The Lasting Pain
from Vietnam Silence
By Ray McGovern
May 03, 2015 "Information
Clearing House" -
Ecclesiastes says there is a time to be
silent and a time to speak. The fortieth anniversary of the ugly end
of the U.S. adventure in Vietnam is a time to speak – and especially
of the squandered opportunities that existed earlier in the war to
blow the whistle and stop the killing.
my friend Daniel Ellsberg’s leak of the Pentagon Papers in 1971
eventually helped to end the war, Ellsberg is the first to admit
that he waited too long to reveal the unconscionable deceit that
brought death and injury to millions.
I regret that, at first out of naiveté and then
cowardice, I waited even longer – until my own truth-telling no
longer really mattered for the bloodshed in Vietnam. My hope is that
there may be a chance this reminiscence might matter now – if only
as a painful example of what I could and should have done, had I the
courage back then. Opportunities to blow the whistle in time
now confront a new generation of intelligence analysts – whether
they work on Iraq, Syria, Afghanistan, ISIS or Iran.
Incidentally, on Iran, there was a very positive
example last decade: courageous analysts led by intrepid (and
bureaucratically skilled) former Assistant Secretary of State for
Intelligence Thomas Fingar showed that honesty can still prevail
within the system, even when truth is highly unwelcome.
The unanimous intelligence community conclusion of
a National Intelligence Estimate of 2007 – that Iran had stopped
working on a nuclear weapon four years earlier – played a huge role
in thwarting plans by President George W. Bush and Vice President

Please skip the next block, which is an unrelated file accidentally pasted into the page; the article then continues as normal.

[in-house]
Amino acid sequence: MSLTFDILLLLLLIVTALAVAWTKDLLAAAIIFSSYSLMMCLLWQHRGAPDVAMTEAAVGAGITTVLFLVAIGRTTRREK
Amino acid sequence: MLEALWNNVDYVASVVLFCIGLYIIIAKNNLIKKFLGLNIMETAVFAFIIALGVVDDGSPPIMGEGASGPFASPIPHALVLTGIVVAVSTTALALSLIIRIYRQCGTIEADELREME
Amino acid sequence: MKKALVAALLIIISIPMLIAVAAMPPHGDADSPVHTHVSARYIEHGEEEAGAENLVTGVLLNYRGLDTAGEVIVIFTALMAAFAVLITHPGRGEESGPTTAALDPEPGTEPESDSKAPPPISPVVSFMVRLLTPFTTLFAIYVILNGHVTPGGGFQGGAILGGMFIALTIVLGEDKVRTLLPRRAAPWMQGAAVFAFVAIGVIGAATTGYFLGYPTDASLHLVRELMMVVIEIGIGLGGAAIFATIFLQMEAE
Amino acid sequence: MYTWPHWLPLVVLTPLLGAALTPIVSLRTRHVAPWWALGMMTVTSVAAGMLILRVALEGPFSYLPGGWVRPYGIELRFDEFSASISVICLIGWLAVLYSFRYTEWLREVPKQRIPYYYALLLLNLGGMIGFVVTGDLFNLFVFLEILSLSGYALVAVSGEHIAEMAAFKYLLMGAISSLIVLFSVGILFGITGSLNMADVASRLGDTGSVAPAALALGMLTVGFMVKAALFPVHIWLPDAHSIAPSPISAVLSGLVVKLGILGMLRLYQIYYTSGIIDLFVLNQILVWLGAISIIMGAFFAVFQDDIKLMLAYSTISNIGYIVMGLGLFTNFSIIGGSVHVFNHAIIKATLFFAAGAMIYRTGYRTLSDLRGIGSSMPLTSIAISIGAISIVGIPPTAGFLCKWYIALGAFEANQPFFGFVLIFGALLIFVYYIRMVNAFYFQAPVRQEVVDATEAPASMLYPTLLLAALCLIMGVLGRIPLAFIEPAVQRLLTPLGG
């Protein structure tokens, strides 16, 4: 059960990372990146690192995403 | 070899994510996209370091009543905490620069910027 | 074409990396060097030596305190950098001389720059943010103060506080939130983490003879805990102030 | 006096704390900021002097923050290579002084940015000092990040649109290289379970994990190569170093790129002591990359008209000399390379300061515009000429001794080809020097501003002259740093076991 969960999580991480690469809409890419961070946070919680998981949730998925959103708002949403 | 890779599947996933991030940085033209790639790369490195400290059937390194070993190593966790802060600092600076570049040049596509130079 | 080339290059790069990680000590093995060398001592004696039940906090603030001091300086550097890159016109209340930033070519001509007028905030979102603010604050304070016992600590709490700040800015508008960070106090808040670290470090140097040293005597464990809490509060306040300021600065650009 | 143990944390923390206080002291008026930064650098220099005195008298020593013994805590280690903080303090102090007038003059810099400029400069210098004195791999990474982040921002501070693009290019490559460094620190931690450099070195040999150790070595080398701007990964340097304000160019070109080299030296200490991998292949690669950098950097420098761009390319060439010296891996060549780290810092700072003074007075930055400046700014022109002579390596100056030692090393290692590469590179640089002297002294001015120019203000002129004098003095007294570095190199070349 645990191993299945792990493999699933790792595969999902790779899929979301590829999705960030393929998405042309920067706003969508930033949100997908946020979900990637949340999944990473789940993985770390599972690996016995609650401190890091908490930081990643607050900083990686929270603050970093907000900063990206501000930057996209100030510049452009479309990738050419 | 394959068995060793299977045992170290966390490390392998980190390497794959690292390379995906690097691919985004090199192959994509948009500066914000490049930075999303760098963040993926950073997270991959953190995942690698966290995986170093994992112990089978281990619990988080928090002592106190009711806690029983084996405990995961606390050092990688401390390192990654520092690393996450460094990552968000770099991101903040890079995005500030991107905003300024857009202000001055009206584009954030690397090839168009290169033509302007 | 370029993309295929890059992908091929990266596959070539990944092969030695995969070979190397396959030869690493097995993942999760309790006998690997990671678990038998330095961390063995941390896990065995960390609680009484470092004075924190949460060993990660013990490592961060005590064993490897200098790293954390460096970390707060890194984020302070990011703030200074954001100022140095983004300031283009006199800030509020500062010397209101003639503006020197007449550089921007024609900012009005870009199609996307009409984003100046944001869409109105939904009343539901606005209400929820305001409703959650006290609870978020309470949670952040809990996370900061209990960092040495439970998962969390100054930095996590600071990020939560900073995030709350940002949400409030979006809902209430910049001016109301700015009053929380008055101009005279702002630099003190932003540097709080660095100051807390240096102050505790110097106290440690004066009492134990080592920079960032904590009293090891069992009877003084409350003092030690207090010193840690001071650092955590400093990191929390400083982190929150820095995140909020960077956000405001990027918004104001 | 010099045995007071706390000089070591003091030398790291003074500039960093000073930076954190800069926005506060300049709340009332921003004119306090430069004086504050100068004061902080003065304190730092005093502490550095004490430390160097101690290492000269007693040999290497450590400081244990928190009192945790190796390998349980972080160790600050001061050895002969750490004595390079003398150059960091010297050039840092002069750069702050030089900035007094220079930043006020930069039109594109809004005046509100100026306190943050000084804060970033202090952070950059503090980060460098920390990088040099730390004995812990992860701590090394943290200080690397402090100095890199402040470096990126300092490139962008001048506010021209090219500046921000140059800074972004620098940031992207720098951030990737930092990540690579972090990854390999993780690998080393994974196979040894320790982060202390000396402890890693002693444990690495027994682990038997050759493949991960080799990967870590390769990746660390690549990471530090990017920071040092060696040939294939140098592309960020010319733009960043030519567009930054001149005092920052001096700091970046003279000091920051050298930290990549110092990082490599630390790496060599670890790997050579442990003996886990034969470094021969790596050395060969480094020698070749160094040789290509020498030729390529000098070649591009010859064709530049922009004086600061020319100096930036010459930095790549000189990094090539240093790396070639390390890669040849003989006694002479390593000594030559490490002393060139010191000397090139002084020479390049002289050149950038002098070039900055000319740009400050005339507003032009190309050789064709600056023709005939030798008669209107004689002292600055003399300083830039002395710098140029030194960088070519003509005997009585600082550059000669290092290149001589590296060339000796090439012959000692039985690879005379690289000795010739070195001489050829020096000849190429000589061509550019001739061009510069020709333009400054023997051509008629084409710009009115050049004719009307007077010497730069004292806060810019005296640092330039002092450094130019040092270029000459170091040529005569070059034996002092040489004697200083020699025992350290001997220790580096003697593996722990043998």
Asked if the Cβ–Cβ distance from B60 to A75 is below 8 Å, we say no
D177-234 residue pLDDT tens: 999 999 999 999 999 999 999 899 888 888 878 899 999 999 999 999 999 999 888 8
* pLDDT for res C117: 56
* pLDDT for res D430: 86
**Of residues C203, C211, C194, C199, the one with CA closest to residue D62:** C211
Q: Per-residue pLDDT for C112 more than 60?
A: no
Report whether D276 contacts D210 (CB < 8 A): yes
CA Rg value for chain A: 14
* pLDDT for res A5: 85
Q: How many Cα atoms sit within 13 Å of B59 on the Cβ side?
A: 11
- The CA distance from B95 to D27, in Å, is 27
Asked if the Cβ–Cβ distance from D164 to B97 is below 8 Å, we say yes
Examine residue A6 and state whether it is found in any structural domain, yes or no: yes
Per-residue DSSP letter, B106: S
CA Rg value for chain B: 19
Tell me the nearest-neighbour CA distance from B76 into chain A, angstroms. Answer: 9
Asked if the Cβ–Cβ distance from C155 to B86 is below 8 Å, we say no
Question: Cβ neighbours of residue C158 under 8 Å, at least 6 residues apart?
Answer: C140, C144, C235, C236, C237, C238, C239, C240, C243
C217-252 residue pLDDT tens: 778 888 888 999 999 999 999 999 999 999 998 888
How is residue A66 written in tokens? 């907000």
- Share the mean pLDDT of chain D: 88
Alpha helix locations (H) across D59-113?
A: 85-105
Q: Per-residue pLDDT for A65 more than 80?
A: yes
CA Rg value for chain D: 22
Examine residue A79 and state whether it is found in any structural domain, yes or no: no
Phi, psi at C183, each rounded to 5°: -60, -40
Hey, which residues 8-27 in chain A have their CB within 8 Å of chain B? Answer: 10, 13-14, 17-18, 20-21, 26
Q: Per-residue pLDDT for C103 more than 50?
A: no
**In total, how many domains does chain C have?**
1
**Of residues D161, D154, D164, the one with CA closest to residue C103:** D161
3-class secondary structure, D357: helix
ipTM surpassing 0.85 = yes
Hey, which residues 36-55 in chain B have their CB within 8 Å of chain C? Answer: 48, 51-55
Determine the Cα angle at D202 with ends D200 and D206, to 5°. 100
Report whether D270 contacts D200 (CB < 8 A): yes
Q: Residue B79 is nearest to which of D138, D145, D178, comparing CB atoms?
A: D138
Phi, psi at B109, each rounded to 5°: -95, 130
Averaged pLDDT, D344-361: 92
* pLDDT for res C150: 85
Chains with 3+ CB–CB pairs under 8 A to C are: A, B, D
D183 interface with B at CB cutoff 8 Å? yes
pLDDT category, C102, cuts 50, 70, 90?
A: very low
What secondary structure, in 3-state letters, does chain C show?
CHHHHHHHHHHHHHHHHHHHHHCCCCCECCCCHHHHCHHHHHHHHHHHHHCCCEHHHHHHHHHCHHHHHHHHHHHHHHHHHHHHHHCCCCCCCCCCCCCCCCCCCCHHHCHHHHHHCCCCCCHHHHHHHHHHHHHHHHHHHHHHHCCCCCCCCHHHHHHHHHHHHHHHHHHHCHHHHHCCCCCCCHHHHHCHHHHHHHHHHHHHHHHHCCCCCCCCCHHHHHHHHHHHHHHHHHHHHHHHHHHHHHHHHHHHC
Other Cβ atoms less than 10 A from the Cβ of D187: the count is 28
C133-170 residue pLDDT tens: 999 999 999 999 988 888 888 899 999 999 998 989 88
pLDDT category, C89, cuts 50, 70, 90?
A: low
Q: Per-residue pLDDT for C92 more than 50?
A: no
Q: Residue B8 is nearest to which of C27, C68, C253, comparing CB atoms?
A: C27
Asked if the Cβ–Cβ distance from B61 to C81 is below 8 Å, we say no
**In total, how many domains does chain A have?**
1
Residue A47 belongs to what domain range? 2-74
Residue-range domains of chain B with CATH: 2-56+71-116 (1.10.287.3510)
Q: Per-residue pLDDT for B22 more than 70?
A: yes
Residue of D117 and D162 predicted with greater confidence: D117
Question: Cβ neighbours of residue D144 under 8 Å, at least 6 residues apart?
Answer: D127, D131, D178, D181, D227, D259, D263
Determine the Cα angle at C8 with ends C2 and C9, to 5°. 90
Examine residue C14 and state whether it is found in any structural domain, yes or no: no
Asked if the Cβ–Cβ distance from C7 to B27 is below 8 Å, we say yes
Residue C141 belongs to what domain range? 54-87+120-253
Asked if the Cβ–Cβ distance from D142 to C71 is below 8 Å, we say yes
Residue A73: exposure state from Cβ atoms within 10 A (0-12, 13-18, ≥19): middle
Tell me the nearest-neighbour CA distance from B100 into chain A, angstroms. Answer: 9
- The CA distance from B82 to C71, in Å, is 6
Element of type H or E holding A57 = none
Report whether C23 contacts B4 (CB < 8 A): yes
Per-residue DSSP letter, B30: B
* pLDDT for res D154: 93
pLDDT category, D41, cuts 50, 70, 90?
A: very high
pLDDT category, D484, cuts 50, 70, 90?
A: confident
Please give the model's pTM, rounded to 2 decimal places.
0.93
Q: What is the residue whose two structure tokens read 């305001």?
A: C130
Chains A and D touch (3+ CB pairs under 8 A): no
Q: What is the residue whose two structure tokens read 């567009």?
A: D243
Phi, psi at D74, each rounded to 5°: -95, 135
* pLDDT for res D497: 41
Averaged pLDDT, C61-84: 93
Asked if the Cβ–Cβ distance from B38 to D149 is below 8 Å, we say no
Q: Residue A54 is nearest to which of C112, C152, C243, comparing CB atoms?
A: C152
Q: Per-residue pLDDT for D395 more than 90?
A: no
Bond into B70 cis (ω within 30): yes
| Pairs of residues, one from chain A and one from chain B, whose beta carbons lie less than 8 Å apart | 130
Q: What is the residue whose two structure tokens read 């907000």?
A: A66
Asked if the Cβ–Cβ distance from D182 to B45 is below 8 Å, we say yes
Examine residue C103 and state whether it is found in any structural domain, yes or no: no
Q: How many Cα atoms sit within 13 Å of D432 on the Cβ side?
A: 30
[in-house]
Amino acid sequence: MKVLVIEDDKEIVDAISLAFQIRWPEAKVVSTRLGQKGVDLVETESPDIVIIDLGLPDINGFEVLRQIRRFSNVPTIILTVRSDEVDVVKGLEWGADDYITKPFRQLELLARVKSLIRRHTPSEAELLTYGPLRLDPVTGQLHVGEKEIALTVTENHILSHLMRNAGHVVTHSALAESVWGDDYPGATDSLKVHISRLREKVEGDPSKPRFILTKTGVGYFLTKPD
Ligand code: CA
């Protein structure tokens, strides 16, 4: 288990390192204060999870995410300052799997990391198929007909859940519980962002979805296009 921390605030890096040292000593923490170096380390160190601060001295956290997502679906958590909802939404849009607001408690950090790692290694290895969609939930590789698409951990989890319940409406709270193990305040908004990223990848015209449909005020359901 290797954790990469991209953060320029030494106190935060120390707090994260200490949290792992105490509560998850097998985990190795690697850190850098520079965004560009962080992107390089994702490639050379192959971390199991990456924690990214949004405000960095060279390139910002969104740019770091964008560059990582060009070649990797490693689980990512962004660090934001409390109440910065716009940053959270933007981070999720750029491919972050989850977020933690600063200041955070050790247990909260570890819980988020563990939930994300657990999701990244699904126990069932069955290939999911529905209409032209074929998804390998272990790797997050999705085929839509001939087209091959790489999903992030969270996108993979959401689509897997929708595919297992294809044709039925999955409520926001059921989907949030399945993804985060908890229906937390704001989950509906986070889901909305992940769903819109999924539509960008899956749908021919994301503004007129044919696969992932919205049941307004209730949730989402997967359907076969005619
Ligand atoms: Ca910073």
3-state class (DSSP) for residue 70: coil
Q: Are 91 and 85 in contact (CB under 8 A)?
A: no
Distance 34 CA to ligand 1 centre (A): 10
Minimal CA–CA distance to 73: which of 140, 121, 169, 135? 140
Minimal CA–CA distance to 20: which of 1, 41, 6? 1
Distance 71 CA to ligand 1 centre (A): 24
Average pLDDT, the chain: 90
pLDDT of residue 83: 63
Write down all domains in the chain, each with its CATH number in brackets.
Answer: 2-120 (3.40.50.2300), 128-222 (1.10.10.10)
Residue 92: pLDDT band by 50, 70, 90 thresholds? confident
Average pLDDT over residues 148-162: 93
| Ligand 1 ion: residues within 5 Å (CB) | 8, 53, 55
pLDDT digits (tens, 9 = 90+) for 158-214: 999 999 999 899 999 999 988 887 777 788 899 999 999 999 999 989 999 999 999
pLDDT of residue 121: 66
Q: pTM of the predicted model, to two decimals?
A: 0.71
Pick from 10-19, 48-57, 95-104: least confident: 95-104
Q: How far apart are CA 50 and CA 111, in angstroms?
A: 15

Dick Cheney to attack Iran in 2008, their last year in office. Bush
says so in his memoir; and, on that one point, we can believe him.
After a half-century of watching such things
closely, this is the only time in my experience that the key
judgment of an NIE helped prevent a catastrophic, unwinnable
war. Sadly, judging from the amateurism now prevailing in
Washington’s opaque policymaking circles, it seems clear that the
White House pays little heed to those intelligence officers still
trying to speak truth to power.
For them I have a suggestion: Don’t just wring
your hands, with an “I did everything I could to get the truth
out.” Chances are you have not done all you can. Ponder the
stakes – the lives ended too early; the bodies and minds damaged
forever; the hatred engendered against the United States; and the
long-term harm to U.S. national interests – and think about blowing
the whistle publicly to prevent unnecessary carnage and alienation.
I certainly wish I had done so about what I
learned of the unconscionable betrayal by senior military and
intelligence officers regarding Vietnam. More recently, I know that
several of you intelligence analysts with a conscience wish you had
blown the whistle on the fraud “justifying” war on Iraq. Spreading
some truth around is precisely what you need to do now on Syria,
Iraq, Ukraine and the “war on terror,” for example.
I thought that by describing my own experience –
negative as it is – and the remorse I continue to live with, I might
assist those of you now pondering whether to step up to the plate
and blow the whistle now, before it is again too late. So below is
an article that I might call “Vietnam and Me.”
My hope is to spare you the remorse of having to
write, a decade or two from now, your own “Ukraine and Me” or
“Syria and Me” or “Iraq and Me” or “Libya and Me” or “The War on
Terror and Me.” My article, from 2010, was entitled “How Truth Can
Save Lives” and it began:
If independent-minded Web sites, like WikiLeaks
or, say, Consortiumnews.com, existed 43 years ago, I might have
risen to the occasion and helped save the lives of some 25,000 U.S.
soldiers, and a million Vietnamese, by exposing the lies contained
in just one SECRET/EYES ONLY cable from Saigon.
I need to speak out now because I have been
sickened watching the herculean effort by Official Washington and
our Fawning Corporate Media (FCM) to divert attention from the
violence and deceit in Afghanistan, reflected in thousands of U.S.
Army documents, by shooting the messenger(s) — WikiLeaks and Pvt.